CORVALLIS, Ore. — Oregon State University research funding reached $308.9 million, its highest level ever, in the fiscal year that ended on June 30. A near doubling of revenues from licensing patented technologies and an 8.5 percent increase in competitive federal funding fueled OSU research on a range of projects including advanced ocean-going research vessels, the health impacts of pollution and sustainable materials for high-speed computing.
“This is a phenomenal achievement. I've seen how OSU research is solving global problems and providing innovations that mean economic growth for Oregon and the nation,” said Cynthia Sagers, OSU’s vice president for research who undertook her duties on August 31. “OSU’s research performance in the last year is amazing, given that federal funds are so restricted right now.”
The overall economic and societal impact of OSU’s research enterprise exceeds $670 million, based on an analysis of OSU’s research contributions to the state and global economy that followed a recent economic study of OSU’s fiscal impact conducted by ECONorthwest.
Technology licensing almost doubled in the last year alone, from just under $6 million in 2014 to more than $10 million this year. Leading investments from business and industry were patented Oregon State innovations in agriculture, advanced materials and nuclear technologies.
OSU researchers exceeded the previous record of $288 million, which the university achieved in 2010. Although federal agencies provided the bulk of funding, most of the growth in OSU research revenues over the past five years stems from nonprofit organizations and industry.
Since 2010, total private-sector funding from sponsored contracts, research cooperatives and other sources has risen 60 percent — from $25 million to more than $40 million in 2015. Oregon State conducts research with multinationals such as HP, Nike and Boeing as well as with local firms such as Benchmade Knife of Oregon City, Sheldon Manufacturing of Cornelius and NuScale Power of Corvallis.
By contrast, federal research grants in 2015 were only 0.2 percent higher than those received in 2010, a year in which American Reinvestment and Recovery Act funds gave university research a one-time shot in the arm across the country. According to the National Science Foundation, federal agency obligations for research have dropped from a high of $36 billion in 2009 to $29 billion in 2013, the last year for which cumulative figures are available. The Department of Health and Human Services accounted for more than half of that spending.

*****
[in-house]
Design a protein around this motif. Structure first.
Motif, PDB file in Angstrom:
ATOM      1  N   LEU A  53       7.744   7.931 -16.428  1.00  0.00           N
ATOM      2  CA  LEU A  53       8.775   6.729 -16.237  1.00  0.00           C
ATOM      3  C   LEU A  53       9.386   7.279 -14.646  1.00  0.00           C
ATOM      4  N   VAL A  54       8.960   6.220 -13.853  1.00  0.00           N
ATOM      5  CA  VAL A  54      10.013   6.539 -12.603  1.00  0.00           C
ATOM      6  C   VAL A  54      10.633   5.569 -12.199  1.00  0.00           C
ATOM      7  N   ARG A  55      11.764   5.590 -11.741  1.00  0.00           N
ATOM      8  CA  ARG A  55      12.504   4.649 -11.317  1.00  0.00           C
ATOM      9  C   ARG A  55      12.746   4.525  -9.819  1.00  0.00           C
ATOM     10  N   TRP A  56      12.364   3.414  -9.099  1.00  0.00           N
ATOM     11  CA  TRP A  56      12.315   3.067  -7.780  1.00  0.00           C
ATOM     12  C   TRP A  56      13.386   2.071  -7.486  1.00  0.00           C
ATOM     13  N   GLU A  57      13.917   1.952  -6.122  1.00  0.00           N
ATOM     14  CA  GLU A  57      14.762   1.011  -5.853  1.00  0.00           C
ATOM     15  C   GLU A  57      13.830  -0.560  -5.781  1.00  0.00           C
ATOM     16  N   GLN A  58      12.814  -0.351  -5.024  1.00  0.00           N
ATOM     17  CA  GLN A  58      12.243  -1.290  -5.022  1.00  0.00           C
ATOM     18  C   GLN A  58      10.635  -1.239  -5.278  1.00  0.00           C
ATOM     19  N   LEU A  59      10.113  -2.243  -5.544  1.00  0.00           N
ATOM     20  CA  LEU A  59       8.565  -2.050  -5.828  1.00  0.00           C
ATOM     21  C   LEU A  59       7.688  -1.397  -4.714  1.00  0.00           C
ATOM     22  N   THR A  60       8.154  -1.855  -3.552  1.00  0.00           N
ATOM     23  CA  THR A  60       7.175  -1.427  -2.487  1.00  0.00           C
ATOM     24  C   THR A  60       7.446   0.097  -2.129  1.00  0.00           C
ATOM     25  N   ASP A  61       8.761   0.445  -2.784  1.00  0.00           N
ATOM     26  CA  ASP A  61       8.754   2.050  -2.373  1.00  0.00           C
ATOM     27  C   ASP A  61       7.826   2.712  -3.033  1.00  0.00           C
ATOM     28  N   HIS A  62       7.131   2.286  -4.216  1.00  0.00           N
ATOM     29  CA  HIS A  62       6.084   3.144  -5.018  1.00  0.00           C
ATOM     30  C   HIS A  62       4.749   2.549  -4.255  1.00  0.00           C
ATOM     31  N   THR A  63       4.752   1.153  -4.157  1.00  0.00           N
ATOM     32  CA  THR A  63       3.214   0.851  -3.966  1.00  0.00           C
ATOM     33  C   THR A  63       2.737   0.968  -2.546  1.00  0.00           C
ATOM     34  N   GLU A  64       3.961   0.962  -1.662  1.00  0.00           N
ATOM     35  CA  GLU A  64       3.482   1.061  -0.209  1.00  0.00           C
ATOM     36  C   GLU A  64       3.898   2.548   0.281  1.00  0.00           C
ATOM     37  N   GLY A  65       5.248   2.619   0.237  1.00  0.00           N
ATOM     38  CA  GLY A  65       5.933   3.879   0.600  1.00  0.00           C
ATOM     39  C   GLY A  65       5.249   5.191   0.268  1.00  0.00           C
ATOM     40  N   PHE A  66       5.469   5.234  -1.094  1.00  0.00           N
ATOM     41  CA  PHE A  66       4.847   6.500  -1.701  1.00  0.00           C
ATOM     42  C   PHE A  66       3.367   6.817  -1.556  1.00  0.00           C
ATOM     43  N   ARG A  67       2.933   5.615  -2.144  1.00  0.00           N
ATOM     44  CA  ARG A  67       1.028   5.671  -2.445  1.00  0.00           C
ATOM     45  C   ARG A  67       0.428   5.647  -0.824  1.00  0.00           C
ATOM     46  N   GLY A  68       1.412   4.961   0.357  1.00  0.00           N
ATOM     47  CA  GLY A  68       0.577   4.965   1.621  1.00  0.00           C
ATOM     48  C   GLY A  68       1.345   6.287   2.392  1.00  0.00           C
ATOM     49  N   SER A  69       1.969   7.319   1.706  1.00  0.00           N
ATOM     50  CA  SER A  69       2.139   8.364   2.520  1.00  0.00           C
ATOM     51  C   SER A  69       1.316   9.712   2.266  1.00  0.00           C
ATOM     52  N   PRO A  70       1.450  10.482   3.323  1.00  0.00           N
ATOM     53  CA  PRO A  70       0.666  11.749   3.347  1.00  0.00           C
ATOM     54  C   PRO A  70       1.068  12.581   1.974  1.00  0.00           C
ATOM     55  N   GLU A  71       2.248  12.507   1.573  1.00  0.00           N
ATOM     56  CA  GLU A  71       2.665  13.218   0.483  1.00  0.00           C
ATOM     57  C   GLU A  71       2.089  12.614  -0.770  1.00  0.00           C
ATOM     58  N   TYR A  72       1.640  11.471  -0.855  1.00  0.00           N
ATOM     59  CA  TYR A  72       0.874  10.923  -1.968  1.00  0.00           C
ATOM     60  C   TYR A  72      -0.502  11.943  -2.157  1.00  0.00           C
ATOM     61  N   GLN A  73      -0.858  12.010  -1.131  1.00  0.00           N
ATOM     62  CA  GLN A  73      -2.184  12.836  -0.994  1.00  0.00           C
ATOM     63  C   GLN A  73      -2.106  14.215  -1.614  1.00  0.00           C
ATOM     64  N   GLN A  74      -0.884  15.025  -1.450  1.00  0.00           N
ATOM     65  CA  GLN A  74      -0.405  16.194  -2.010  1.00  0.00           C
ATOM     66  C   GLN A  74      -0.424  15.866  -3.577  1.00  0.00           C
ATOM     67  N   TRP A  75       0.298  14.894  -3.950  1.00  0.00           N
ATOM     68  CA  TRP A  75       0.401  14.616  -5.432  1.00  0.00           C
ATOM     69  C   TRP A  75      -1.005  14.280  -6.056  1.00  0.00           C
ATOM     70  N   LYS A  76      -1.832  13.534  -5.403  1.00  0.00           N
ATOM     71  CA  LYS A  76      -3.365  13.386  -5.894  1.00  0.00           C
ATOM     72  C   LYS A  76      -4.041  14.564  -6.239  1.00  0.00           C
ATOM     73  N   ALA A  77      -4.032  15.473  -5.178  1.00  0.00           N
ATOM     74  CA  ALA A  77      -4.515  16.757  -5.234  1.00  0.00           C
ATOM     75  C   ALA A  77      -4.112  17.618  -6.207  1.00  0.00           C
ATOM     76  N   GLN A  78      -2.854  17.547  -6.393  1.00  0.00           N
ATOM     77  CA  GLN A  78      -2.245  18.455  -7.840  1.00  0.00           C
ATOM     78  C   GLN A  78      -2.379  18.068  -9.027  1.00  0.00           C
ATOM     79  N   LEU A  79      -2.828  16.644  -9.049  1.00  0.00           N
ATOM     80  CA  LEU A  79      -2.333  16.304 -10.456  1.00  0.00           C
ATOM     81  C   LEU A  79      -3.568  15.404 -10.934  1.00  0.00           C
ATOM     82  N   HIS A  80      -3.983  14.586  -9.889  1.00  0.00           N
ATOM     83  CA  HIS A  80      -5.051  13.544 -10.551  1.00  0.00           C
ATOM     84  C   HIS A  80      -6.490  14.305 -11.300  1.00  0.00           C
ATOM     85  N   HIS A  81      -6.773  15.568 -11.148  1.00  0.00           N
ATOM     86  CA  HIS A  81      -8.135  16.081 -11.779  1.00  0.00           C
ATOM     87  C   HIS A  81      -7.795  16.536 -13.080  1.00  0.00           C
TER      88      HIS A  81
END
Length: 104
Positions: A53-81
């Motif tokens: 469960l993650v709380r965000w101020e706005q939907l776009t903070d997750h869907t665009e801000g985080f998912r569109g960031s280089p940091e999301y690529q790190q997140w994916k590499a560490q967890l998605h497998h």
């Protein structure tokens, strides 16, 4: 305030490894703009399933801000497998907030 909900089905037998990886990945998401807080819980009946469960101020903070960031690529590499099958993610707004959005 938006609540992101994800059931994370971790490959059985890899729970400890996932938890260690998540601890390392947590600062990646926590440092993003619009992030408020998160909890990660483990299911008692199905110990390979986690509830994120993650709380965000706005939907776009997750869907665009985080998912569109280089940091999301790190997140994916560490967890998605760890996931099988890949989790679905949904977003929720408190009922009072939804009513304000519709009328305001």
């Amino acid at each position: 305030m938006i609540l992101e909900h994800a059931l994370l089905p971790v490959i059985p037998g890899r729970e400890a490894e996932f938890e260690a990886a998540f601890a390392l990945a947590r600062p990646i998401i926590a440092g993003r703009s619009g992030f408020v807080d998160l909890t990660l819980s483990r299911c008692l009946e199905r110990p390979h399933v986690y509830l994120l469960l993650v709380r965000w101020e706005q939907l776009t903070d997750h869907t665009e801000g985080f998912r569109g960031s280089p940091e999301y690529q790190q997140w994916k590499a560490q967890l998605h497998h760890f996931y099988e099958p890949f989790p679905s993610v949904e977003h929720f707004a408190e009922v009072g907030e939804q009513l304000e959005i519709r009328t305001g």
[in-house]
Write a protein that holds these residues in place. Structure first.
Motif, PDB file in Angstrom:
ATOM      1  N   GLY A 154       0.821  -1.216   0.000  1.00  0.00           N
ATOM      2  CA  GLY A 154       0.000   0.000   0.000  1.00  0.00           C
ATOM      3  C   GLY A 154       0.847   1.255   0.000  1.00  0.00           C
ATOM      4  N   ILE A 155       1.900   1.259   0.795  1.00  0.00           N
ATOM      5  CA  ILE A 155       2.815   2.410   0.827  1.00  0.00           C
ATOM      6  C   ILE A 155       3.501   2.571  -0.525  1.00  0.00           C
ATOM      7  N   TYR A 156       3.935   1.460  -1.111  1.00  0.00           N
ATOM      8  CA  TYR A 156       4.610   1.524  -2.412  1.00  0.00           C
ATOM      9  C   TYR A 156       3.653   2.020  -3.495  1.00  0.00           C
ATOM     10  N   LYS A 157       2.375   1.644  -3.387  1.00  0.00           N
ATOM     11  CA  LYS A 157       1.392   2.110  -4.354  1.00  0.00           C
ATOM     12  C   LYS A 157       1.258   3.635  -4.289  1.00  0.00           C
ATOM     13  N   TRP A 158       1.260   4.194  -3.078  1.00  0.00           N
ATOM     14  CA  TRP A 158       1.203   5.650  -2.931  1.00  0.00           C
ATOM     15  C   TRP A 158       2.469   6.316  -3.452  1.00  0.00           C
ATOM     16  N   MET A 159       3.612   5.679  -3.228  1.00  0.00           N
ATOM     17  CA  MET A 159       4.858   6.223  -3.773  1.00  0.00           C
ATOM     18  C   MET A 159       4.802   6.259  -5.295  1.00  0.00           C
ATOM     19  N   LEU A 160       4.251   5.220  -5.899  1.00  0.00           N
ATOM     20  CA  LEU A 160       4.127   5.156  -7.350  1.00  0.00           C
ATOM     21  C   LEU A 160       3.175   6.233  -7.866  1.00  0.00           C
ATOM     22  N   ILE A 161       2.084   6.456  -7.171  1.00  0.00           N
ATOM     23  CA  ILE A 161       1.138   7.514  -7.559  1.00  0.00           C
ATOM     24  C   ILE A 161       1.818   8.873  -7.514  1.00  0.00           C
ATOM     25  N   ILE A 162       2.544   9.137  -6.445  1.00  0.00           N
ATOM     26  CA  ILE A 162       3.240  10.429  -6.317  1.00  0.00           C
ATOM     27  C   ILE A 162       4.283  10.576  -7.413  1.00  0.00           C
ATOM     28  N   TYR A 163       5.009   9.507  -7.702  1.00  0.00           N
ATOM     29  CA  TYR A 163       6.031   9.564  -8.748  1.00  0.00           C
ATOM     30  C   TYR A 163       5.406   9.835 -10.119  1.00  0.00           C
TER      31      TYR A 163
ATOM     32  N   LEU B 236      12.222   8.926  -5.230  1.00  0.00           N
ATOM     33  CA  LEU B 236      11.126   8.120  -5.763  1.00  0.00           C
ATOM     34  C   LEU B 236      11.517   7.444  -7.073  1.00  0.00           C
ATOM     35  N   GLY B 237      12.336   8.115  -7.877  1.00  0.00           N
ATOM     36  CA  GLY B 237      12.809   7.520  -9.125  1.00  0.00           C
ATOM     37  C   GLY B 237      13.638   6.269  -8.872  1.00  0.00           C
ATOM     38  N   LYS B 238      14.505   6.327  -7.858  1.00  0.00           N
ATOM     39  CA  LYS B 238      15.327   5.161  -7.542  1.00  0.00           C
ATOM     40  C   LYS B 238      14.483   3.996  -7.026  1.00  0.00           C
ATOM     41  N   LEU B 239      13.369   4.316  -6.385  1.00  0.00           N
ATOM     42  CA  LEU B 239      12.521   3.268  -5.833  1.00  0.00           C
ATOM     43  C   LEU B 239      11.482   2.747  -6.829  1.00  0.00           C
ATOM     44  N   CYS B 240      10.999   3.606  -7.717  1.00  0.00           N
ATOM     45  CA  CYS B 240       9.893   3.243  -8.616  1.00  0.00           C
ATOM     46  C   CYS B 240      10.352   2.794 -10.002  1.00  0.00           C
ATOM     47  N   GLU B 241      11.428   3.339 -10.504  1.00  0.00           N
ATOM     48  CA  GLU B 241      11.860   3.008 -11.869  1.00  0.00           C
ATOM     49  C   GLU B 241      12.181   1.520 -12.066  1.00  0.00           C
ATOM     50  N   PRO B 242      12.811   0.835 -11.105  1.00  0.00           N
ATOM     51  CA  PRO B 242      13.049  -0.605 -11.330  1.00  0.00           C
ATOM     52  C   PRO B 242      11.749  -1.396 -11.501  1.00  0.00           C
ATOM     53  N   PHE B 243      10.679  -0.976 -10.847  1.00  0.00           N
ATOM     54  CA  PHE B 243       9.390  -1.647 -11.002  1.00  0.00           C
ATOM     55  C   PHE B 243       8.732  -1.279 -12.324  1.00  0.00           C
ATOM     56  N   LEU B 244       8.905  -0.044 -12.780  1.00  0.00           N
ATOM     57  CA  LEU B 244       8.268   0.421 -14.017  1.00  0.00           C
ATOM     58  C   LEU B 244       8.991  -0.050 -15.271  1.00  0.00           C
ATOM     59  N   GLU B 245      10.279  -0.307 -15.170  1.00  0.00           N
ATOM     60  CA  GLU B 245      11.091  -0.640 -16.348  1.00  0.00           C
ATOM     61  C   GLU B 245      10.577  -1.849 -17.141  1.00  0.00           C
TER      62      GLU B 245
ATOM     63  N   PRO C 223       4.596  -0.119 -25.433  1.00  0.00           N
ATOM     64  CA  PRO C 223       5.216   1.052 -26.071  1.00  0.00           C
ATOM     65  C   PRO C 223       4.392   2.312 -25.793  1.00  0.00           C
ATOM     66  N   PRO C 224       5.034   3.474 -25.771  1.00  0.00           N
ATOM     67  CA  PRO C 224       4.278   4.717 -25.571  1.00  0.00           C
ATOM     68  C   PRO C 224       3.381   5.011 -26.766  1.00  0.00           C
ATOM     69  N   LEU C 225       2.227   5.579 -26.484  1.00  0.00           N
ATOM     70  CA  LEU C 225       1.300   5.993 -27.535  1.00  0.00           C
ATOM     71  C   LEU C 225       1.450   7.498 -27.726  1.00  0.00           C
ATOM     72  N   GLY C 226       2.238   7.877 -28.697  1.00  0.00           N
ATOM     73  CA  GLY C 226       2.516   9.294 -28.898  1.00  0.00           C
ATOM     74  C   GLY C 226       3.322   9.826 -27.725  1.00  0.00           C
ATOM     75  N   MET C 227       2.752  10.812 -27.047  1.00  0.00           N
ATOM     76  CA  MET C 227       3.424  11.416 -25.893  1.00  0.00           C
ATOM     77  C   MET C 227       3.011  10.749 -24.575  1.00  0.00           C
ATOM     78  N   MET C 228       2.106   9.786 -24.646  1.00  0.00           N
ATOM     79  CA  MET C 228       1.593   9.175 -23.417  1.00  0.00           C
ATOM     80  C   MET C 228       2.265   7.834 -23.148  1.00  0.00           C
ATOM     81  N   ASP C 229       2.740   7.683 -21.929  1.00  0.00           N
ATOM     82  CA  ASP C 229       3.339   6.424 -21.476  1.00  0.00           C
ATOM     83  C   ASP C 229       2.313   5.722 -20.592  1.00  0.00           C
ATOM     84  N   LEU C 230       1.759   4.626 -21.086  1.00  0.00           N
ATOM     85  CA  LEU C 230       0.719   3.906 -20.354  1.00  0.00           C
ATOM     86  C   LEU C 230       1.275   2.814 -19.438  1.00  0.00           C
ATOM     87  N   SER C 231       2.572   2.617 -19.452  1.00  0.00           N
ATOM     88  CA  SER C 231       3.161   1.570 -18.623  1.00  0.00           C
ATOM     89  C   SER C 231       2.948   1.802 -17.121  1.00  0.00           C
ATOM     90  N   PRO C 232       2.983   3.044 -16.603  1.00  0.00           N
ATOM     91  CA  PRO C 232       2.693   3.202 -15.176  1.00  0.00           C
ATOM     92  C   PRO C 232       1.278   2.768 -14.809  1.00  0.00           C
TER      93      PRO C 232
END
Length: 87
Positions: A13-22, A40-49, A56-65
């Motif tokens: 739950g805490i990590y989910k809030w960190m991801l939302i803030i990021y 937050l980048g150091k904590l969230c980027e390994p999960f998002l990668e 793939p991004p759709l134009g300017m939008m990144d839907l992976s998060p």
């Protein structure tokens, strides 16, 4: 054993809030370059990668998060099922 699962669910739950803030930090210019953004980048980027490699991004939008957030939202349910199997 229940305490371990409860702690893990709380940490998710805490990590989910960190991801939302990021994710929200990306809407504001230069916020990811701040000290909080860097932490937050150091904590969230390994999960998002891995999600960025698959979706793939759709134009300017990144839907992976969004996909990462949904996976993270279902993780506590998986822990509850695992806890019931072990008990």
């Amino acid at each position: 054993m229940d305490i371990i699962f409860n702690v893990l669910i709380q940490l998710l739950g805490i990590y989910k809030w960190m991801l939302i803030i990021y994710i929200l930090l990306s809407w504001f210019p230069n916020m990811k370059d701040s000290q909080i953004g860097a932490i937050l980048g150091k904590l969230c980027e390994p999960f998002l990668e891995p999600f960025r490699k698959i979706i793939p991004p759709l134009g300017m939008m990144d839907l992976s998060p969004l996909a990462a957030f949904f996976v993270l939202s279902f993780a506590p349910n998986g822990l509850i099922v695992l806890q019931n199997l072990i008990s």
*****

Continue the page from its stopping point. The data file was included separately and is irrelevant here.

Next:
“We’ve worked hard to diversify our research portfolio,” said Ron Adams, who retired as interim vice president for research at the end of August. “But it’s remarkable that our researchers have succeeded in competing for an increase in federal funding. This speaks to the success of our strategic initiatives and our focus on clusters of excellence.”
Economic impact stems in part from new businesses launched this year through the Oregon State University Advantage program. Among them are:
- OnBoard Dynamics, a Bend company designing a natural-gas powered vehicle engine that can be fueled from home
- Valliscor, a Corvallis company that manufactures ultra-pure chemicals
- eChemion, a Corvallis company that develops and markets technology to extend battery life
Altogether, 15 new companies have received mentoring assistance from Oregon State’s Advantage Accelerator program, part of the state-funded Regional Accelerator and Innovation Network, or RAIN. Six new companies are working with the Advantage program this fall.
Additional economic impact stems from the employment of students, post-doctoral researchers and faculty. According to the OSU Research Office, about a quarter of OSU undergraduates participate in research projects, many with stipends paid by grant funds. In addition, grants support a total of 843 graduate research positions and 165 post-doctoral researchers.
The College of Agricultural Sciences received the largest share of research grants at Oregon State with $49.4 million last year, followed by the College of Earth, Ocean, and Atmospheric Sciences at $39 million and the College of Engineering at $37 million. The College of Science saw a 170 percent increase in research funding to $26.7 million, its largest total ever and the biggest rise among OSU colleges. Among the largest grants received in FY15 were:
- $8 million from the NSF to the Center for Sustainable Materials Chemistry (College of Science) for new high-speed information technologies
- $4 million from the Department of Energy to reduce barriers to the deployment of ocean energy systems (College of Engineering)
- $4 million from US Agency for International Development to the AquaFish Innovation Lab (College of Agricultural Sciences) for global food security
- $3.5 million from the USDA for experiential learning to reduce obesity (College of Public Health and Human Sciences)
- $2.3 million from the NSF for the ocean observing initiative (College of Earth, Ocean, and Atmospheric Sciences)
- $1.5 million from the U.S. Department of Education for school readiness in early childhood (OSU Cascades)
Editor’s Note: FY15 research totals for OSU colleges and OSU-Cascades are posted online.
College of Agricultural Sciences: http://agsci.oregonstate.edu/story/osu%E2%80%99s-college-agricultural-sciences-receives-494-million-research-grants
College of Earth, Ocean, and Atmospheric Sciences:
College of Education:
College of Engineering:
College of Forestry:
College of Liberal Arts: http://liberalarts.oregonstate.edu/cla-research/2015-research-summary
College of Pharmacy:
College of Public Health and Human Sciences:
College of Science:
College of Veterinary Medicine: